“The visual is essentially pornographic, which is to say that it has its end in rapt, mindless fascination; thinking about its attributes becomes an adjunct to that, if it is unwilling to betray its object; while the most austere films necessarily draw their energy from the attempt to repress their own excess (rather than from the more thankless effort to discipline the viewer). Pornographic films are thus only the potentiation of films in general, which ask us to stare at the world as though it were a naked body. On the other hand, we know this today more clearly because our society has begun to offer us the world—now mostly a collection of products of our own making—as just such a body, that you can possess visually, and collect the images of. Were an ontology of this artificial, person-produced universe still possible, it would have to be an ontology of the visual, of being as the visible first and foremost, with the other senses draining off it; all the fights about power and desire have to take place here, between the mastery of the gaze and the illimitable richness of the visual object; it is ironic that the highest stage of civilization (thus far) has transformed human nature into this single protean sense, which even moralism can surely no longer wish to amputate…”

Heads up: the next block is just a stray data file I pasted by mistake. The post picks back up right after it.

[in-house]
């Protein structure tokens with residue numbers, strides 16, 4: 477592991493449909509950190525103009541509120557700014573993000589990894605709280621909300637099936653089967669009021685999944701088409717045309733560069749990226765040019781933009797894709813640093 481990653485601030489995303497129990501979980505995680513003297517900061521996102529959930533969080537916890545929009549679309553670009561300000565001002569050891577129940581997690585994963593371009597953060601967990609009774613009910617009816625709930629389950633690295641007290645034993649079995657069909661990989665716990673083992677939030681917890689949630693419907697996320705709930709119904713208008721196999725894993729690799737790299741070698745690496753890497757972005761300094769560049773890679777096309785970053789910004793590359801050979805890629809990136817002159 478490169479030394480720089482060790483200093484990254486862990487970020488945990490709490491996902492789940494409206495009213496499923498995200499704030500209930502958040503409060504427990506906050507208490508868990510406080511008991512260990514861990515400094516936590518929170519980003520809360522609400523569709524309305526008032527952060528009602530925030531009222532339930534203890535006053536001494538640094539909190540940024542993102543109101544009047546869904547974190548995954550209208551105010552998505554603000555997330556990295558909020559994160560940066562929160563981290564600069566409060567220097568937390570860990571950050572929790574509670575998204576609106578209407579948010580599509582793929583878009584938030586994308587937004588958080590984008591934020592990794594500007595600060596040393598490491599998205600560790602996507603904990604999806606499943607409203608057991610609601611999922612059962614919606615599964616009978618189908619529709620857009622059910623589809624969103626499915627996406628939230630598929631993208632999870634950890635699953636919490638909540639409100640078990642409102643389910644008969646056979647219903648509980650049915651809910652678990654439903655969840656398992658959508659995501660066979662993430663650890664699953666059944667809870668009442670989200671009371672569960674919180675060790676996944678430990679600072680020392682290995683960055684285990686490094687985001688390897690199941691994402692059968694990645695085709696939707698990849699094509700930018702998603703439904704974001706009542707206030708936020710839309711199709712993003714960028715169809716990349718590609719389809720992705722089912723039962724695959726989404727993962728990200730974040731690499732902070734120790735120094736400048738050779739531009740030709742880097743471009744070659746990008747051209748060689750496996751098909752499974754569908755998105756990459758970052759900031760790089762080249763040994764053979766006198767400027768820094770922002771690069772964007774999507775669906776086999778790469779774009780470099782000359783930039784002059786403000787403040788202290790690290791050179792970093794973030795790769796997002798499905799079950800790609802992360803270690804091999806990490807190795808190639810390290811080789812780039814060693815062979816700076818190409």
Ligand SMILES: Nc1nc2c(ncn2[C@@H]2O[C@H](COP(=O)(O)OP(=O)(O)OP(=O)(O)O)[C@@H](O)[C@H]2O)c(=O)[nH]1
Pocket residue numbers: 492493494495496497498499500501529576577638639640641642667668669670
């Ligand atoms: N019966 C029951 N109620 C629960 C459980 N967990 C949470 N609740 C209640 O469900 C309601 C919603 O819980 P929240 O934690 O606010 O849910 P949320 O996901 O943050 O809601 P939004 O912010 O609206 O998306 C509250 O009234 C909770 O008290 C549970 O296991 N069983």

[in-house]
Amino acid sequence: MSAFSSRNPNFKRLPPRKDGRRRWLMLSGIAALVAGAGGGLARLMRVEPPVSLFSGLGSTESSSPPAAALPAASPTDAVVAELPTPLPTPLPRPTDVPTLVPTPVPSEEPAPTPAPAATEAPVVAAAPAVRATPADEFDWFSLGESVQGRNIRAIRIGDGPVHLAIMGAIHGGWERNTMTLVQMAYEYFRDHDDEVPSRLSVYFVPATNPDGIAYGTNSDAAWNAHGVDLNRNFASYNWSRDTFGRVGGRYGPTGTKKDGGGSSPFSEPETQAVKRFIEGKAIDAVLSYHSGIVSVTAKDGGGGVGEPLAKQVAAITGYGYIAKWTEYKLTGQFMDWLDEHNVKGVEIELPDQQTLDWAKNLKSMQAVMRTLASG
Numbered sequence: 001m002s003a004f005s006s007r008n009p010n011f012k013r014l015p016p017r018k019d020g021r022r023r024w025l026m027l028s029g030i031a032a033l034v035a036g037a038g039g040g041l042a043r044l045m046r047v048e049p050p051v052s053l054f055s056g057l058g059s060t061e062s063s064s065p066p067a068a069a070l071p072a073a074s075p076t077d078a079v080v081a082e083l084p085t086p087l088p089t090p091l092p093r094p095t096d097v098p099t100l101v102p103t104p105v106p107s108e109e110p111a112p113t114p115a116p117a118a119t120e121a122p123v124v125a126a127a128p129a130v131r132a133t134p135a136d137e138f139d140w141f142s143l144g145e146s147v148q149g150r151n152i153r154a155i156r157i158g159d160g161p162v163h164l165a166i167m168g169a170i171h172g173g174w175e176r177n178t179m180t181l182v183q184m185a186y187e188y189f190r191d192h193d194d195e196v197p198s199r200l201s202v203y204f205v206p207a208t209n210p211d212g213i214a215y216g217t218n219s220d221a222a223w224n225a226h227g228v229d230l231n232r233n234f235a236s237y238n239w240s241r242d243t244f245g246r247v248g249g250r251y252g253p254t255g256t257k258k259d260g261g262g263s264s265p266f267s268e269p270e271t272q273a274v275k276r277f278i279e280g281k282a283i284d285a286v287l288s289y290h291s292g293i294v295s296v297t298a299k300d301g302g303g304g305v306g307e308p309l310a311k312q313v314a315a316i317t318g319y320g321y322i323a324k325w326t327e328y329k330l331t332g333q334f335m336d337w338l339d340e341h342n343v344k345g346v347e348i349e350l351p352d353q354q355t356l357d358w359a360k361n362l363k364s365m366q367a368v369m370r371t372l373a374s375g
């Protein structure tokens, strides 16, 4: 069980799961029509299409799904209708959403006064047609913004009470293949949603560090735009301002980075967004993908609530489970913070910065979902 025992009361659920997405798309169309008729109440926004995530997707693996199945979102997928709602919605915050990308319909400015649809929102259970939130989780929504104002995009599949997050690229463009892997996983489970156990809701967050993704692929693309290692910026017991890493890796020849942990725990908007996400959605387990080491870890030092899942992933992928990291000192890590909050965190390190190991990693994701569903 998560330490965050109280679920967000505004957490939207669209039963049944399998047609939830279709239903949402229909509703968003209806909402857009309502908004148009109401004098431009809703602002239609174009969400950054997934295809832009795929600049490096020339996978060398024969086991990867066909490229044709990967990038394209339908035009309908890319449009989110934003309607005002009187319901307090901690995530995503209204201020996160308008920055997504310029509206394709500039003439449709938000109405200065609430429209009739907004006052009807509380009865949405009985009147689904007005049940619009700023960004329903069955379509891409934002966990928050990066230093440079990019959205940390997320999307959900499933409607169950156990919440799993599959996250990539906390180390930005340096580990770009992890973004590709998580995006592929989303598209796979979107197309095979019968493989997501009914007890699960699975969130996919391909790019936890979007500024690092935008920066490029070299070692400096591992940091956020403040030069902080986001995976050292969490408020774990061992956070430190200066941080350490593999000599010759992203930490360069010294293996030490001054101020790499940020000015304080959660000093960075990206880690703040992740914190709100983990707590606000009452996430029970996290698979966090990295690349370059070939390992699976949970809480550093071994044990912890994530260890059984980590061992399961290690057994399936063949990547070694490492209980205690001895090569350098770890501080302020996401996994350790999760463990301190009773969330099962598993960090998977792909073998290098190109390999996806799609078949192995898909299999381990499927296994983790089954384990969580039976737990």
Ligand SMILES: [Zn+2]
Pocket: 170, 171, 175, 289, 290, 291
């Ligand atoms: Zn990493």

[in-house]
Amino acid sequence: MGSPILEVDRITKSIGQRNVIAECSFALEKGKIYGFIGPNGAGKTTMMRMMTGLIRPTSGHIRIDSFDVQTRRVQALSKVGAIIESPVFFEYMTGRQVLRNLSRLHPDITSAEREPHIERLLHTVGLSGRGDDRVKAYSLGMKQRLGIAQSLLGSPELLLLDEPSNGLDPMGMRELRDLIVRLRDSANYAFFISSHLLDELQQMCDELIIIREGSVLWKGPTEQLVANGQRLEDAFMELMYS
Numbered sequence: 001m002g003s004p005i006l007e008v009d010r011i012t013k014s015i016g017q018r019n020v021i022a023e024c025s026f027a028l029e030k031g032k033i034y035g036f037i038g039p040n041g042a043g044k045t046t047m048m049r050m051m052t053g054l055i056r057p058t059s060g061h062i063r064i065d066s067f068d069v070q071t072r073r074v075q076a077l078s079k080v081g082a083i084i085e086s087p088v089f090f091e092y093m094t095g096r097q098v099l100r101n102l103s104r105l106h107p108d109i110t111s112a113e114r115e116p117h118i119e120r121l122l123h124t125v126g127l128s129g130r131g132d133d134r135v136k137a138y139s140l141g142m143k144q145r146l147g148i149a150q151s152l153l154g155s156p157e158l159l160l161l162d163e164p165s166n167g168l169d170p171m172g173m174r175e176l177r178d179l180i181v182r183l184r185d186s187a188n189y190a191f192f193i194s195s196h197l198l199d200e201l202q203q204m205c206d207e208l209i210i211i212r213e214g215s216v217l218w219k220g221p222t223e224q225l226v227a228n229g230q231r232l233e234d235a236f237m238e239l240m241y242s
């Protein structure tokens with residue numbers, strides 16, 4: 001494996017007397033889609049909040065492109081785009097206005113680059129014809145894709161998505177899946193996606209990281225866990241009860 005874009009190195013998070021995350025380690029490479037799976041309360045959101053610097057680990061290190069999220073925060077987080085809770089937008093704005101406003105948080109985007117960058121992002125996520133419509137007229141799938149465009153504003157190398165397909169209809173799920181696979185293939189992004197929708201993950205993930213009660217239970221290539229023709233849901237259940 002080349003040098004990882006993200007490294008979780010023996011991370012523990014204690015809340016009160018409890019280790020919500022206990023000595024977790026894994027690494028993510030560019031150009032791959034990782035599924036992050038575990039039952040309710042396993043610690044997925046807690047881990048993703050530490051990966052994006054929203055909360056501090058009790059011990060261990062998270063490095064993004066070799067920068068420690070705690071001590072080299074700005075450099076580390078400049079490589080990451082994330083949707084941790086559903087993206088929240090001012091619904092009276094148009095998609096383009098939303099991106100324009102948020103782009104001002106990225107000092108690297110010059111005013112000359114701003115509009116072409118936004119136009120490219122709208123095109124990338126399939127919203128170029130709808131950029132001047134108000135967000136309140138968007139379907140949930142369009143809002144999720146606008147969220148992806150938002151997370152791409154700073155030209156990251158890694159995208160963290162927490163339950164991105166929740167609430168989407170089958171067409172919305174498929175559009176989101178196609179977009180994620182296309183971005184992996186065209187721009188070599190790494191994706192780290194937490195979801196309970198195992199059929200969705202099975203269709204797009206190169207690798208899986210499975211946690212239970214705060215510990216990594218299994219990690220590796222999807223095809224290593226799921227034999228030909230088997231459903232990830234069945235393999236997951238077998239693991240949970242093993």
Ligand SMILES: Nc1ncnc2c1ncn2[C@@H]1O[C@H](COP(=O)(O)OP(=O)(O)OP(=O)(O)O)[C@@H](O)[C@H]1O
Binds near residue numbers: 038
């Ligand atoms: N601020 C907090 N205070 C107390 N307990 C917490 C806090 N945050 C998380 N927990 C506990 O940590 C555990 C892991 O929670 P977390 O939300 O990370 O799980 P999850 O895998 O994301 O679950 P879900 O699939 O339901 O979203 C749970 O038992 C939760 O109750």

Frederic Jameson, “Introduction”, Signatures of the Visible. London: Routledge. 1990. p 1.